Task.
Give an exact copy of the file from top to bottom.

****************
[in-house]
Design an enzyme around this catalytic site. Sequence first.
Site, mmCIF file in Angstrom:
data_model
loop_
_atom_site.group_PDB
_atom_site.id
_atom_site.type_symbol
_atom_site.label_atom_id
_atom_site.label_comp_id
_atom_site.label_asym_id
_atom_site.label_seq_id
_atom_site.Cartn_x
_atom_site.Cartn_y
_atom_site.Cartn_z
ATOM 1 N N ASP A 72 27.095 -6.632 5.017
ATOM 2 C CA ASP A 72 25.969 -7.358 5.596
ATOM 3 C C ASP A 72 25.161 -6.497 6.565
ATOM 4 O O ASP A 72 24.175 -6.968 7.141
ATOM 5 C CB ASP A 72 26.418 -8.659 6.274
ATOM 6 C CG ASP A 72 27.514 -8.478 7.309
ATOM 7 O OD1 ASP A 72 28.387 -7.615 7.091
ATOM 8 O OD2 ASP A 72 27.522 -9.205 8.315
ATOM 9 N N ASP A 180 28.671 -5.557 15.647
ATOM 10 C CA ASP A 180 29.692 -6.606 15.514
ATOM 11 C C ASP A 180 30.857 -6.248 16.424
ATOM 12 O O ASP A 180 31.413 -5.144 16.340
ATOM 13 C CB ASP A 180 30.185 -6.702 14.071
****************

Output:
[in-house]
Design an enzyme around this catalytic site. Sequence first.
Site, mmCIF file in Angstrom:
data_model
loop_
_atom_site.group_PDB
_atom_site.id
_atom_site.type_symbol
_atom_site.label_atom_id
_atom_site.label_comp_id
_atom_site.label_asym_id
_atom_site.label_seq_id
_atom_site.Cartn_x
_atom_site.Cartn_y
_atom_site.Cartn_z
ATOM 1 N N ASP A 72 27.095 -6.632 5.017
ATOM 2 C CA ASP A 72 25.969 -7.358 5.596
ATOM 3 C C ASP A 72 25.161 -6.497 6.565
ATOM 4 O O ASP A 72 24.175 -6.968 7.141
ATOM 5 C CB ASP A 72 26.418 -8.659 6.274
ATOM 6 C CG ASP A 72 27.514 -8.478 7.309
ATOM 7 O OD1 ASP A 72 28.387 -7.615 7.091
ATOM 8 O OD2 ASP A 72 27.522 -9.205 8.315
ATOM 9 N N ASP A 180 28.671 -5.557 15.647
ATOM 10 C CA ASP A 180 29.692 -6.606 15.514
ATOM 11 C C ASP A 180 30.857 -6.248 16.424
ATOM 12 O O ASP A 180 31.413 -5.144 16.340
ATOM 13 C CB ASP A 180 30.185 -6.702 14.071